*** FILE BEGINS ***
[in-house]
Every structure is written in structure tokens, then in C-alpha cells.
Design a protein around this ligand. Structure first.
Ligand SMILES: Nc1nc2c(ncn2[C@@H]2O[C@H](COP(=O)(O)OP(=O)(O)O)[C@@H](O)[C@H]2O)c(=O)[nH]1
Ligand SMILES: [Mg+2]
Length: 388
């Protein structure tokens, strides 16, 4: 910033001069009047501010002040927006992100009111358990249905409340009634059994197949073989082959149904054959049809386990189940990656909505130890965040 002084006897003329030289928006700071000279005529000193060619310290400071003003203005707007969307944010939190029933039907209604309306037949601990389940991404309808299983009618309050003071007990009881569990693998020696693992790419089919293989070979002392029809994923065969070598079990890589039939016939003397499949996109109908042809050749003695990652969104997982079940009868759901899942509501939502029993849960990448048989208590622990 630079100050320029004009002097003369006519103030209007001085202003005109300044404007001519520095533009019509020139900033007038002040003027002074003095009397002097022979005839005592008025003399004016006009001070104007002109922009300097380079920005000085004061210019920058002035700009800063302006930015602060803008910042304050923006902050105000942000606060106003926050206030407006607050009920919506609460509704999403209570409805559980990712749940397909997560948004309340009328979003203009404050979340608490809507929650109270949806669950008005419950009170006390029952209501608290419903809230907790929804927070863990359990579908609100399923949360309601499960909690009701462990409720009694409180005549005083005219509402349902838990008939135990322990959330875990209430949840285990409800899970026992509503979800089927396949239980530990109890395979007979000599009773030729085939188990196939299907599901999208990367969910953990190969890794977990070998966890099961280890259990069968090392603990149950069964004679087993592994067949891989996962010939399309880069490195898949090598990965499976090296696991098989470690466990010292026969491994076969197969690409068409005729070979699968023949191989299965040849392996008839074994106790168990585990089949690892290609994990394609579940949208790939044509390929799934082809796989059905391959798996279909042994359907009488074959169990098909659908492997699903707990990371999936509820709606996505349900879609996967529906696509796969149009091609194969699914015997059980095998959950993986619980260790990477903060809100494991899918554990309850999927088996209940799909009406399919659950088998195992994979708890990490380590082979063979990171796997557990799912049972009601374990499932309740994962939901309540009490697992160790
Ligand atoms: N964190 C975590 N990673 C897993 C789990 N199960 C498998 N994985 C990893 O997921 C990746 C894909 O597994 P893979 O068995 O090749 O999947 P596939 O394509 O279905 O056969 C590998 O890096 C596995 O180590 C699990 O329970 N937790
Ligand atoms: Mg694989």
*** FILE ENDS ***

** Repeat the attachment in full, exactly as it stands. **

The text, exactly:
[in-house]
Every structure is written in structure tokens, then in C-alpha cells.
Design a protein around this ligand. Structure first.
Ligand SMILES: Nc1nc2c(ncn2[C@@H]2O[C@H](COP(=O)(O)OP(=O)(O)O)[C@@H](O)[C@H]2O)c(=O)[nH]1
Ligand SMILES: [Mg+2]
Length: 388
């Protein structure tokens, strides 16, 4: 910033001069009047501010002040927006992100009111358990249905409340009634059994197949073989082959149904054959049809386990189940990656909505130890965040 002084006897003329030289928006700071000279005529000193060619310290400071003003203005707007969307944010939190029933039907209604309306037949601990389940991404309808299983009618309050003071007990009881569990693998020696693992790419089919293989070979002392029809994923065969070598079990890589039939016939003397499949996109109908042809050749003695990652969104997982079940009868759901899942509501939502029993849960990448048989208590622990 630079100050320029004009002097003369006519103030209007001085202003005109300044404007001519520095533009019509020139900033007038002040003027002074003095009397002097022979005839005592008025003399004016006009001070104007002109922009300097380079920005000085004061210019920058002035700009800063302006930015602060803008910042304050923006902050105000942000606060106003926050206030407006607050009920919506609460509704999403209570409805559980990712749940397909997560948004309340009328979003203009404050979340608490809507929650109270949806669950008005419950009170006390029952209501608290419903809230907790929804927070863990359990579908609100399923949360309601499960909690009701462990409720009694409180005549005083005219509402349902838990008939135990322990959330875990209430949840285990409800899970026992509503979800089927396949239980530990109890395979007979000599009773030729085939188990196939299907599901999208990367969910953990190969890794977990070998966890099961280890259990069968090392603990149950069964004679087993592994067949891989996962010939399309880069490195898949090598990965499976090296696991098989470690466990010292026969491994076969197969690409068409005729070979699968023949191989299965040849392996008839074994106790168990585990089949690892290609994990394609579940949208790939044509390929799934082809796989059905391959798996279909042994359907009488074959169990098909659908492997699903707990990371999936509820709606996505349900879609996967529906696509796969149009091609194969699914015997059980095998959950993986619980260790990477903060809100494991899918554990309850999927088996209940799909009406399919659950088998195992994979708890990490380590082979063979990171796997557990799912049972009601374990499932309740994962939901309540009490697992160790
Ligand atoms: N964190 C975590 N990673 C897993 C789990 N199960 C498998 N994985 C990893 O997921 C990746 C894909 O597994 P893979 O068995 O090749 O999947 P596939 O394509 O279905 O056969 C590998 O890096 C596995 O180590 C699990 O329970 N937790
Ligand atoms: Mg694989």